Regardless, looking forward to seeing him suit up in the Maize and Blue!

      • gobluemd16

        Just wondering, what are you hearing that makes you think Coleman is trending away from Michigan? Personally, the other schools in his top 5 really don’t compare..

    • geoffclarke

      In my humble opinion, getting another elite outside shooter is a team need and should HELP in the pitch to a player like Dozier, who is a creator and has PG instincts, not scare him off. To say nothing of the big overall talent gap between the two. At this point, I really hope that they can get Dozier, but if they don’t, perhaps my vision of Chatman going from a freshman 4 to a sophomore 2 may come to fruition.

  • Chris

    So does he travel with the team to Italy?

    • Nope. Duncan won’t be going to Italy and he won’t be on campus until transfer orientation at the end of August.

  • Northern Blue

    Good Pickup! Need to keep shooters coming in, and Coleman not being near as likely as once thought makes this a great pickup.

  • jblair52

    can’t go wrong with a 6’8″ version of Spike

  • DingoBlue

    Nit Pick: there seems to be a small typo in the first sentence in “By The Numbers”

  • Wayman Britt

    Now don’t take this the wrong way, Duncan may turn out to be a good player, but this will put pressure on UM’s 2016 class. If UM wants to continue to make final fours and elite eights, you need at least two NBA players on your roster. So UM will need to get NBA players in the 2016 class for future seasons. Of course Duncan could become an NBA player, but if you truly want to be an elite team you need some NBA players. The good thing is that there are some great big time players in 2016 who are looking at UM. UM just needs them to pick the Wolverines.

    • GTFOmycourt

      Wayman Britt, I do not think Duncan is an nba level talent either, however, I question your fear that we are somehow lacking in elite talent. Out of curiosity, would you feel more comfortable if Maar and Wilson were top 25 recruits? It seems obvious to me that those two were underrated. MAAR in particular seems insanely underrated.

  • Burke_Does_Work

    To say that I am less than thrilled would be an understatement. I do not claim to be a basketball expert in any way, nor do I believe that I know what’s better for the team than John Beilein and Co., but this pickup really has me puzzled. I just don’t see how a Division III player will be able to translate to a high major D1 program. Yeah he played exceptionally last year as a freshman, but how good is the competition? I’d venture to guess that Max Bielfeldt could put up similar numbers in the league that Duncan just left and that’s saying something. Once again, I’m no expert and could easily be wrong (hell, hope I’m wrong because we can use all the help we can get), but at our current state, we need to preserve all the scholarships we have and save them for the big fish like Dozier, Ali, and Coleman who are program changers. We may not land any of those players (although we have a decent shot), but if we don’t have any scholarships available for them, that much is already certain.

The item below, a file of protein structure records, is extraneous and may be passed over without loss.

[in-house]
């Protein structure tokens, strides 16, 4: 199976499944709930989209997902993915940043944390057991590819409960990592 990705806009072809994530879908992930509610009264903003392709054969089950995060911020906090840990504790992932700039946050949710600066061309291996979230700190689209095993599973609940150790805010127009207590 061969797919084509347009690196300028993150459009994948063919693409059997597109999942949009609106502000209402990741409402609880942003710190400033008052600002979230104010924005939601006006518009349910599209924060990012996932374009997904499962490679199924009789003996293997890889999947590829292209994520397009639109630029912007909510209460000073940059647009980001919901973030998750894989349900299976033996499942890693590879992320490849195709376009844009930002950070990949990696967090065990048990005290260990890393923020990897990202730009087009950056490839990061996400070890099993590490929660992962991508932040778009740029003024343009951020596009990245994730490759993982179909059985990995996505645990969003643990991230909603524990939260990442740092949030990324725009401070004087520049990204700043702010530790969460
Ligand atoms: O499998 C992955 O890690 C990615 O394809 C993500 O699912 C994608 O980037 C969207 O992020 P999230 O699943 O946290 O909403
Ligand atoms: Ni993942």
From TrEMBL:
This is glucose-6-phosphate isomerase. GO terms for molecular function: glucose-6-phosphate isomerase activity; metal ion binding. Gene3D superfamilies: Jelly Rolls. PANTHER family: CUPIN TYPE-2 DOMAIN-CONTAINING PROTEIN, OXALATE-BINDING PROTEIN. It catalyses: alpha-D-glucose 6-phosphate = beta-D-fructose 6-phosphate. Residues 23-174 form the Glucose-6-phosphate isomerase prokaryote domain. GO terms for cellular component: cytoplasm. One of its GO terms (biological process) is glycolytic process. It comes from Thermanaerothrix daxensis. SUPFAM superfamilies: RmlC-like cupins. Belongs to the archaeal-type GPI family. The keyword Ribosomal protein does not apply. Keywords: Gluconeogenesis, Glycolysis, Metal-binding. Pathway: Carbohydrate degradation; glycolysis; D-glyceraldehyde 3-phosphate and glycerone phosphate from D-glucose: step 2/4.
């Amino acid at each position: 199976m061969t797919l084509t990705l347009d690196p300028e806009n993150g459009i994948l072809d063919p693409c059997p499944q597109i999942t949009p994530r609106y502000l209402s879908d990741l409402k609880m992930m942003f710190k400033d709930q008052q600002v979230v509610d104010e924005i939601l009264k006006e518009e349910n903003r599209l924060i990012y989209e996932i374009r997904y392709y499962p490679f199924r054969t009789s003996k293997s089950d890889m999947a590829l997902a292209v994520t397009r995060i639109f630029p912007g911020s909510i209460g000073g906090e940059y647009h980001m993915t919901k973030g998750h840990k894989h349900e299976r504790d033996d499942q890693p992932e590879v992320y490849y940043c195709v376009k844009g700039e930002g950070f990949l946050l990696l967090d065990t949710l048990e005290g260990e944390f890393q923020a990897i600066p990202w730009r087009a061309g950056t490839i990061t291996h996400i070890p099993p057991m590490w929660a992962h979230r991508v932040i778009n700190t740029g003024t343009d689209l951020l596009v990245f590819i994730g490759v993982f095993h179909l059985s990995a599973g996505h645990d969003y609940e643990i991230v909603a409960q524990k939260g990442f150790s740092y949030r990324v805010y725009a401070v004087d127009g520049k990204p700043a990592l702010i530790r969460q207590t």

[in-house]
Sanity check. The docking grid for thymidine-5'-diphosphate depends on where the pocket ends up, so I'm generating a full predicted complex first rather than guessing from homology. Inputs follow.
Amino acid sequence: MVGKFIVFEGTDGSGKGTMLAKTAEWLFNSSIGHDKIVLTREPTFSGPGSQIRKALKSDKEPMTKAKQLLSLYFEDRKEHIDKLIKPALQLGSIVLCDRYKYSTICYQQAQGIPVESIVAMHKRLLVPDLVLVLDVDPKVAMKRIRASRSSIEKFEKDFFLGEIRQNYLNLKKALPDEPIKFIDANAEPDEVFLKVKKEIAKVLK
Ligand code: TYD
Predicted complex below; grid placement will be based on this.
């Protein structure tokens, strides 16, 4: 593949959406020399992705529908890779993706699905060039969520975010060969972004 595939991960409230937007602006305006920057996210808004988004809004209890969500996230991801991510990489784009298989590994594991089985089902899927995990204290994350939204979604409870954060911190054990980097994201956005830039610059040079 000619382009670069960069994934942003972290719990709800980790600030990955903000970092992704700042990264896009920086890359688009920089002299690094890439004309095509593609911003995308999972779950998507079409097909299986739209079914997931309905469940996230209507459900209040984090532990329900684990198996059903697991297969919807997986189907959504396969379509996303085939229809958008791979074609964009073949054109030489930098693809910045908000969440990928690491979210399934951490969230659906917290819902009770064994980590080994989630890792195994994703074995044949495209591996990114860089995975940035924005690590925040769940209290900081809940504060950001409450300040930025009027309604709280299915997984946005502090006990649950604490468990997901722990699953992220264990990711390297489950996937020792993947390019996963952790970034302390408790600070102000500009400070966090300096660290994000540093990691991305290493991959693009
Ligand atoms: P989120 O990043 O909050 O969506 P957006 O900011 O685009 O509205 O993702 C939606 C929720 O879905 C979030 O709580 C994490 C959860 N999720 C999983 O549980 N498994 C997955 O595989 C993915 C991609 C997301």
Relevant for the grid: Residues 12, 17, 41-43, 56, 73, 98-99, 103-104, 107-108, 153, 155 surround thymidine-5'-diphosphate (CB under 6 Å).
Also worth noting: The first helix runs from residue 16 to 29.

• GTFOmycourt

      Here is a list of some program changers: Novak, Morris, Burke, Stauskas, Caris Levert and ???? None of these players were highly recruited or thought of as program changers prior to moving the program forward and yet they did.

      • Burke_Does_Work

        Comparing Burke LeVert, Stauskas, Morris, and even Novak to a DIII player when it comes to how highly they were recruited out of high school is foolish. And if I remember correctly, Nik Stauskas was offered by Kansas, and if that isn’t considered a high-tier offer, I don’t know what is.

        • GTFOmycourt

          Actually, I think Duncan will be a role player coming off the bench for limited minutes for his tenure. However, he will be surrounded by talent that will be overachieving (insanely compared to their rankings). I question the underlying premise that most of the pieces of the puzzle are not already there for the next few years. Levert will go to the NBA that gives us two scholarships to go with a very talented although underrated players like MAAR and Wilson. You need some solid role players too. Like I asked Waymann Britt below: Would you feel more comfortable if MAAR and Wilson were 5 star recruits?

          • Wayman Britt

            I agree 100% that you need role players and MAAR, Dawkins & Duncan fit that mark. I am glad they are on the team, but if final fours is your goal you need at least two NBA players. Because of ship limits, UM has a little more pressure to make sure the 2016 class has a couple of highly, highly talented commits.

          • John Billington

            The highly talented, UConn has won three national titles since 2004 with only 9 top 100 players out of high school in the same time Kentucky has had 29 top 100 and has won 1 national title. That said to me it’s the coaching and the system more than the highly talented.

          • GTFOmycourt

            I would add that there is not necessarily a correlation between “outside the top 100” and “not talented”. To Waymann Britt, I haven’t seen enough of Dawkins to have an opinion but I don’t think MAAR will prove to be a role player at all. He is a “gamer” with very elite agility–a potential star.